While the scope and audacity of the September 11 attacks was shocking, that the United States had finally been hit was not. Informed citizens understood that there were people in the world who did not see us as a force for universal good, who in fact wished us great harm, and who had the means to hurt us badly. To many Americans, however, the attacks came like a bolt of lightning on a clear day. Why would anyone do such a thing to a country as benevolent as ours? How could they hate us so much? What was wrong with the people who hijacked those planes? Surely they had an inconceivable sickness, deep in their souls.
There were answers to these questions, but the answers weren’t easy or comforting. They were rooted in history and geopolitics over nearly a century, and they would upset cherished notions about America’s image, her intentions, and her actions. They may have caused some people to adopt a more nuanced view of what led to the attacks, but many others ignored them, preferring to believe the attacks were an unprovoked irruption of pure evil, or they accepted George W. Bush’s simplistic assessment that the terrorists hated us because they hated our freedom.
In November 2001, Alan Jackson debuted a new song about the attacks at the Country Music Association Awards. It was called “Where Were You (When the World Stopped Turning).” It had brought record executives to tears when they heard it days before, it received a standing ovation from the crowd in the theater that night, and it was on the radio the next morning. Within three weeks, it would be on the Billboard Hot 100, and it would top the country charts by the end of the year.
As several critics noted at the time, “Where Were You (When the World Stopped Turning)” effectively captures the emotions that roiled the country after the attacks—shock, pain, fear, love of country, a new appreciation for the little things in life like sunsets (and, oddly, I Love Lucy reruns), and the way we spoke to strangers on the street. But it also offers comfort to listeners who choose not to think too hard about why the attacks happened, and it lets them evade the terrible responsibility of understanding:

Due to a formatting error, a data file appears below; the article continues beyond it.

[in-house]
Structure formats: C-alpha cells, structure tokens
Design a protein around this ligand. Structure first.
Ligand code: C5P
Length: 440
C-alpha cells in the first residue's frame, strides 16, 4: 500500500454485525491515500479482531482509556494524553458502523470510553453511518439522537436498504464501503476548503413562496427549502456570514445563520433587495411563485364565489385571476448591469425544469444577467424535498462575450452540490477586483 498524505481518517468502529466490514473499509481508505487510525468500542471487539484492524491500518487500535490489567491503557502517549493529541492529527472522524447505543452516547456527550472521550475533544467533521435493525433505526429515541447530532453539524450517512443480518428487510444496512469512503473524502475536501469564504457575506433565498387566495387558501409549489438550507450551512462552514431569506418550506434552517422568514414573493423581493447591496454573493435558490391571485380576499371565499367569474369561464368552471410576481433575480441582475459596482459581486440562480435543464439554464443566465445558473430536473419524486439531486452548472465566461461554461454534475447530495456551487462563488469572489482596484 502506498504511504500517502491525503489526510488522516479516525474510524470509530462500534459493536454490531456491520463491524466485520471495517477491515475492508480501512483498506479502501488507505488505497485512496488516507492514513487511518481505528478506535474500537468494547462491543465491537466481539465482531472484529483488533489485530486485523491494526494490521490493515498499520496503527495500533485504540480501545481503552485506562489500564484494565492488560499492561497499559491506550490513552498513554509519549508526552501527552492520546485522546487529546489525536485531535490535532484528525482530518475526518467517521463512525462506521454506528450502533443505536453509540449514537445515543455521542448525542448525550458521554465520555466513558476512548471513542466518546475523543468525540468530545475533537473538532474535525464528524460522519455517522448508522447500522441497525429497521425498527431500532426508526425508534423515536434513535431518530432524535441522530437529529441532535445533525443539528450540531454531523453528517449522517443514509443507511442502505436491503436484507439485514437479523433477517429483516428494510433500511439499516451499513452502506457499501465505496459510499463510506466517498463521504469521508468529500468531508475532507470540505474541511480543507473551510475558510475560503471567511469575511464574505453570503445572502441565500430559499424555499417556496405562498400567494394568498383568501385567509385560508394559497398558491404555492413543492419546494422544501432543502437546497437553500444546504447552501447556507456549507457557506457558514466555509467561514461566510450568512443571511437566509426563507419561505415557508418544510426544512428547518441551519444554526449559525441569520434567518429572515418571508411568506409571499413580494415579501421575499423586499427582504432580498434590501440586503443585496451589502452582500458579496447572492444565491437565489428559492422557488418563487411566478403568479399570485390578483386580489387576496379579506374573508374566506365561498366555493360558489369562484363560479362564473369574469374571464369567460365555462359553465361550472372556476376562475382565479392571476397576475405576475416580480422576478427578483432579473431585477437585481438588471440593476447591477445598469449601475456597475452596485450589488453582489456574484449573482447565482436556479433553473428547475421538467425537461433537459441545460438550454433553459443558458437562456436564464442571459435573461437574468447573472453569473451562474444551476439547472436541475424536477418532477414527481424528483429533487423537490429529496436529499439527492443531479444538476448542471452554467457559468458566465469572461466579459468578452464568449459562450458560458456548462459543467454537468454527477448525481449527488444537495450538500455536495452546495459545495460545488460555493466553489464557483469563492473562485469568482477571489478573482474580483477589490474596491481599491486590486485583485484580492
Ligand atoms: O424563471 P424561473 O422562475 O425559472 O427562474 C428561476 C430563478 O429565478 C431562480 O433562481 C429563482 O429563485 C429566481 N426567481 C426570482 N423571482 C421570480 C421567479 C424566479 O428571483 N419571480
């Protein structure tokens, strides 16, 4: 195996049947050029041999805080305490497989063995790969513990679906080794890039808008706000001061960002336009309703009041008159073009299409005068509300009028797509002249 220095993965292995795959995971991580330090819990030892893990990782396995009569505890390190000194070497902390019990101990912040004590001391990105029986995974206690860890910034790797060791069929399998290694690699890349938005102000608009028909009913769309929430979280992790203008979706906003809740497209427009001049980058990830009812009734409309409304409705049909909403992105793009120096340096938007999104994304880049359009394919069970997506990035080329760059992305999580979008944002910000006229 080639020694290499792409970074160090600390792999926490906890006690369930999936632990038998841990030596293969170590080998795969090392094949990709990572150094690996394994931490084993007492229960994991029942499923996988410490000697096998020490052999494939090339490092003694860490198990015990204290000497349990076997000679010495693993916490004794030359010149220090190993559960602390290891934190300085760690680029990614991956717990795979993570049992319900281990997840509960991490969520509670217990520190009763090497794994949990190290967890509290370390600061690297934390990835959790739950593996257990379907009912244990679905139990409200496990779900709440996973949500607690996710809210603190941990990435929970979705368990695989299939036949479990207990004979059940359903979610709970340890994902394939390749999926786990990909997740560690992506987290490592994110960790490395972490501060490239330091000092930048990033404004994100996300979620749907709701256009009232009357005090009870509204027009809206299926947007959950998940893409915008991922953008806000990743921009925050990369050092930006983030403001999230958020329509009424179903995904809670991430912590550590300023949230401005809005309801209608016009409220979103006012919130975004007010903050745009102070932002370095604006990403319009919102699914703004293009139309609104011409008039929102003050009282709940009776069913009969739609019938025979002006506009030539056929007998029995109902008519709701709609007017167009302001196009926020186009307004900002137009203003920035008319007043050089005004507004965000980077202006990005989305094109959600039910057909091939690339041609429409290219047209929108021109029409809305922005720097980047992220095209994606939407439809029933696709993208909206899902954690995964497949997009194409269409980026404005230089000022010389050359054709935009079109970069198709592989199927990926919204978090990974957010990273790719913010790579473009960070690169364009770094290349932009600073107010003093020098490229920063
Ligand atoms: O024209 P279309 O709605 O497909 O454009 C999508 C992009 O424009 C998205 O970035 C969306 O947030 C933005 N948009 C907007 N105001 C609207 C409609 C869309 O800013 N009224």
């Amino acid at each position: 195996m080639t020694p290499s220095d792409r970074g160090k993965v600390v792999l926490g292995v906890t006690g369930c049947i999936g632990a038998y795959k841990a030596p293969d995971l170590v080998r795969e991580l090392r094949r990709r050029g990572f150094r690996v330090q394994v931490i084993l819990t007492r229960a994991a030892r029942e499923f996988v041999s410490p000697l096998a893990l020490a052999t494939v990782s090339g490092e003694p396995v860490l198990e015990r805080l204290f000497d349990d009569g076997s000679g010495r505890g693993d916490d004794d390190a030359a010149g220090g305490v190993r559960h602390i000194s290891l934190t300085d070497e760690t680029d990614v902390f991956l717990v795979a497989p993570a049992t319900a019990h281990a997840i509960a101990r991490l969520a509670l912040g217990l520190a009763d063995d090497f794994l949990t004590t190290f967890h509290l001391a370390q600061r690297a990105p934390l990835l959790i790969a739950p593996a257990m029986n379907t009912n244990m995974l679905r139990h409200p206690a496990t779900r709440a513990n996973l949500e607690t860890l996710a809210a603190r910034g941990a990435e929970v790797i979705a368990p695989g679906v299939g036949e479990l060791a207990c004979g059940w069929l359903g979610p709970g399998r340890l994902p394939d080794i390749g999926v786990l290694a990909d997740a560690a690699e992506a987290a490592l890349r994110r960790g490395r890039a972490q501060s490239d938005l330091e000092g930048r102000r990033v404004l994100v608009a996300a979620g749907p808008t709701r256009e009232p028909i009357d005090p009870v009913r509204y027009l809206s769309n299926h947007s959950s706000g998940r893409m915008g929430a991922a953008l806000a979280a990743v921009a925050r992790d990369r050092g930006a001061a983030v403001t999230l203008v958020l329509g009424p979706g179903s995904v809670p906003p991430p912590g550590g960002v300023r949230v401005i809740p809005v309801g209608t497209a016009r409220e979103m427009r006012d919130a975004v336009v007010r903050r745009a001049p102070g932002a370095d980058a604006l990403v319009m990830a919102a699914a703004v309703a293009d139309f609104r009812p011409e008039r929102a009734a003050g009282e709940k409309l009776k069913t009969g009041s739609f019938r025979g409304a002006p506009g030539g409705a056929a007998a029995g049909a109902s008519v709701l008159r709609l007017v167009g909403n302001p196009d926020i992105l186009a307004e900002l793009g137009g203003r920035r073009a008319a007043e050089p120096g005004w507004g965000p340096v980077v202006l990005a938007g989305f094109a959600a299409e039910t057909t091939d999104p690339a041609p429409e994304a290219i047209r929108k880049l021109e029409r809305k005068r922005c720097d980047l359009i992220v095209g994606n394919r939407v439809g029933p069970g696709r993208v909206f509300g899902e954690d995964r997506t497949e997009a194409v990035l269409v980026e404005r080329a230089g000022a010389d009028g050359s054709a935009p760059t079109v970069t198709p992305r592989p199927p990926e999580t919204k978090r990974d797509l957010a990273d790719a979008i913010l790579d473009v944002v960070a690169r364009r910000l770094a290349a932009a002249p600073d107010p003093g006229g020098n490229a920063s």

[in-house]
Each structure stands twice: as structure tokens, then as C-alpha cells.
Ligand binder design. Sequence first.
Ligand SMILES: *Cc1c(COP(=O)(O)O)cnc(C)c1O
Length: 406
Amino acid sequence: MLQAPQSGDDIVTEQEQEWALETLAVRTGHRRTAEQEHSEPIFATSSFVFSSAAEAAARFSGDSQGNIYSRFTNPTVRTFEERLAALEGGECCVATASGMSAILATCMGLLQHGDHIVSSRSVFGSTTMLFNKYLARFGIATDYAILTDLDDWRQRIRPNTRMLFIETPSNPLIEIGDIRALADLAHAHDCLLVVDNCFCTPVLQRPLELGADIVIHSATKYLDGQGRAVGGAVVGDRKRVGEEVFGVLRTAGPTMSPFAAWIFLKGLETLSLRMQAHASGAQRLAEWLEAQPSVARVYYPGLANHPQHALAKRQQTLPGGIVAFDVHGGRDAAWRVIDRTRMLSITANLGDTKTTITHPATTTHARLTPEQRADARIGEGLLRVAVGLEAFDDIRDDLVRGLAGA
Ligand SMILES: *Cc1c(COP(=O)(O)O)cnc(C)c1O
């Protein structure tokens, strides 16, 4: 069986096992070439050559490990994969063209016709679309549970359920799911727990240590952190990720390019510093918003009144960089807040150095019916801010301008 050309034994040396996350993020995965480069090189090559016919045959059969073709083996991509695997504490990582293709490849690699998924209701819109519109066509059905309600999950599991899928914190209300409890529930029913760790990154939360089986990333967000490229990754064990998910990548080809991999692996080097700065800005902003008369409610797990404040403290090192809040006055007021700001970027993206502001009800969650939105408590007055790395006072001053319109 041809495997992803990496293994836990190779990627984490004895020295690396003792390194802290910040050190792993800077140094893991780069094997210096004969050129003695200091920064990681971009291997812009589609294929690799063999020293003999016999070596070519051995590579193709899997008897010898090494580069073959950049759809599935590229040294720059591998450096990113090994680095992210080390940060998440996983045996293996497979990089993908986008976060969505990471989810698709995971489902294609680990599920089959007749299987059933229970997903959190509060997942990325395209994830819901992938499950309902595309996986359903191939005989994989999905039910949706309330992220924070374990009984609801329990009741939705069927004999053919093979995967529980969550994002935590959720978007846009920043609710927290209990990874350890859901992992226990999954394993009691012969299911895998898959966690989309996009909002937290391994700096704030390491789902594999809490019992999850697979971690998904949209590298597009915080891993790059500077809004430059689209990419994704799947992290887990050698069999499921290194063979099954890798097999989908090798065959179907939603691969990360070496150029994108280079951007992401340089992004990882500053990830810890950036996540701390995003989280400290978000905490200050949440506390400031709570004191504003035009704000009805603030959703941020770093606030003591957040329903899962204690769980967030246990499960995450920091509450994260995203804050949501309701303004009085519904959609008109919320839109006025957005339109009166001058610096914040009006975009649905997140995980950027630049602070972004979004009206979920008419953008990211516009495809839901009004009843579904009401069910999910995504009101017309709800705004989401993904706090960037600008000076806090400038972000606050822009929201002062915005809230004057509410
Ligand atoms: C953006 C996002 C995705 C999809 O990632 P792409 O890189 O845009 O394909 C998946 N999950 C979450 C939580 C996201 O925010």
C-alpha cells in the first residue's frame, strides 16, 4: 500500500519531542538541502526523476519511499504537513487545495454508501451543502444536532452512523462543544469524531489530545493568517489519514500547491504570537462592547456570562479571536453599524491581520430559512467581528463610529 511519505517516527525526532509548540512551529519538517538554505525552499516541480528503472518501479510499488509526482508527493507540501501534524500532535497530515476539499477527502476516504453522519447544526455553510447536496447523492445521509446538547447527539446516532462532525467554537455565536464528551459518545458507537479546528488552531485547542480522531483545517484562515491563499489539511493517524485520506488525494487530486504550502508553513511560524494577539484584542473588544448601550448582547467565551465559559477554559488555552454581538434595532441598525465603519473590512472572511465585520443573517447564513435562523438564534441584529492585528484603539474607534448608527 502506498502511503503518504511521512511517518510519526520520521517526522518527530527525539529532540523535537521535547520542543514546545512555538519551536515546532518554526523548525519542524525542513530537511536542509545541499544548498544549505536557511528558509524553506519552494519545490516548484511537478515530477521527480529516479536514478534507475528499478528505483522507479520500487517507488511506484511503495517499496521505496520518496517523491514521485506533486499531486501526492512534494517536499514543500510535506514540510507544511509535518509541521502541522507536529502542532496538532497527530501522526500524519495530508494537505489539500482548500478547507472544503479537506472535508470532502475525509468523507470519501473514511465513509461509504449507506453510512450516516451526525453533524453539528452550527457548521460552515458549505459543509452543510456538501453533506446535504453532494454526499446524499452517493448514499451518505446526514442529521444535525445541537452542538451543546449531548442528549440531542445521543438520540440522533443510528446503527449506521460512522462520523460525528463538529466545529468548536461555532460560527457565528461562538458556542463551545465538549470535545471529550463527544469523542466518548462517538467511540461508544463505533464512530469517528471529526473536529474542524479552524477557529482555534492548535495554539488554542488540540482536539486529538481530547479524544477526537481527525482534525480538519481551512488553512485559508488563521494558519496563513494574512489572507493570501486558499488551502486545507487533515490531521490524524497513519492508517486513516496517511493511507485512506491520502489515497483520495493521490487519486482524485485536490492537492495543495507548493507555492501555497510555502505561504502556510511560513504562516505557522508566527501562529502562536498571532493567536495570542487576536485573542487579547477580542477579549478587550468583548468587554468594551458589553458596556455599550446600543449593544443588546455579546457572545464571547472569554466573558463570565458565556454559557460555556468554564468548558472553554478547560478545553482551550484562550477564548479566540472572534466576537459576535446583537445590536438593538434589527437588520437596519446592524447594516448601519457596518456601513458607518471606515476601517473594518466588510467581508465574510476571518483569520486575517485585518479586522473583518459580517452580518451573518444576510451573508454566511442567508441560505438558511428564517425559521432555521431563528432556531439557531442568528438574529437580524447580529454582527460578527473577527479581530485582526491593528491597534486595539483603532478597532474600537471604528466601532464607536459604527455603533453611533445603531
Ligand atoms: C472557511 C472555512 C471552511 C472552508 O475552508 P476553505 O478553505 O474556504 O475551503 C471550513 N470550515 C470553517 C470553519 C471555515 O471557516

I’m just a singer of simple songs
I’m not a real political man
I watch CNN but I’m not sure I can tell you
The difference in Iraq and Iran
But I know Jesus and I talk to God
And I remember this from when I was young
Faith, hope and love are some good things He gave us
And the greatest is love
I sound like that Marxist history professor I had in college when I say that everyone in a modern industrial society is “a political man” whether he wants to be or not. Nevertheless, it’s true. When the stakes are war and peace, life and death, we cannot allow ourselves the luxury of being unable to “tell you the difference in Iraq and Iran.” And if we really believe that faith, hope, and love are gifts from God “and the greatest is love,” we have a responsibility to act on that belief, and it probably shouldn’t involve blowing shit up in countries that had nothing to do with the attacks—such as Iraq and Iran.
In wartime, “Where Were You (When the World Stopped Turning)” is an obscenity: a celebration of its own unwillingness to put its principles into action and take a stand, preferring instead to hide behind the fuzzy comfort of Sunday-school platitudes. Say what you want about the brain-dead jingoism of Toby Keith’s repugnant “Courtesy of the Red, White, and Blue”—at least we know where the singer stands. “Where Were You (When the World Stopped Turning)” says only, “We’re sad, and we trust that someday, we won’t feel sad anymore, because God says we won’t.” But surely if God exists, he expects more of us than just to sit and wait it out.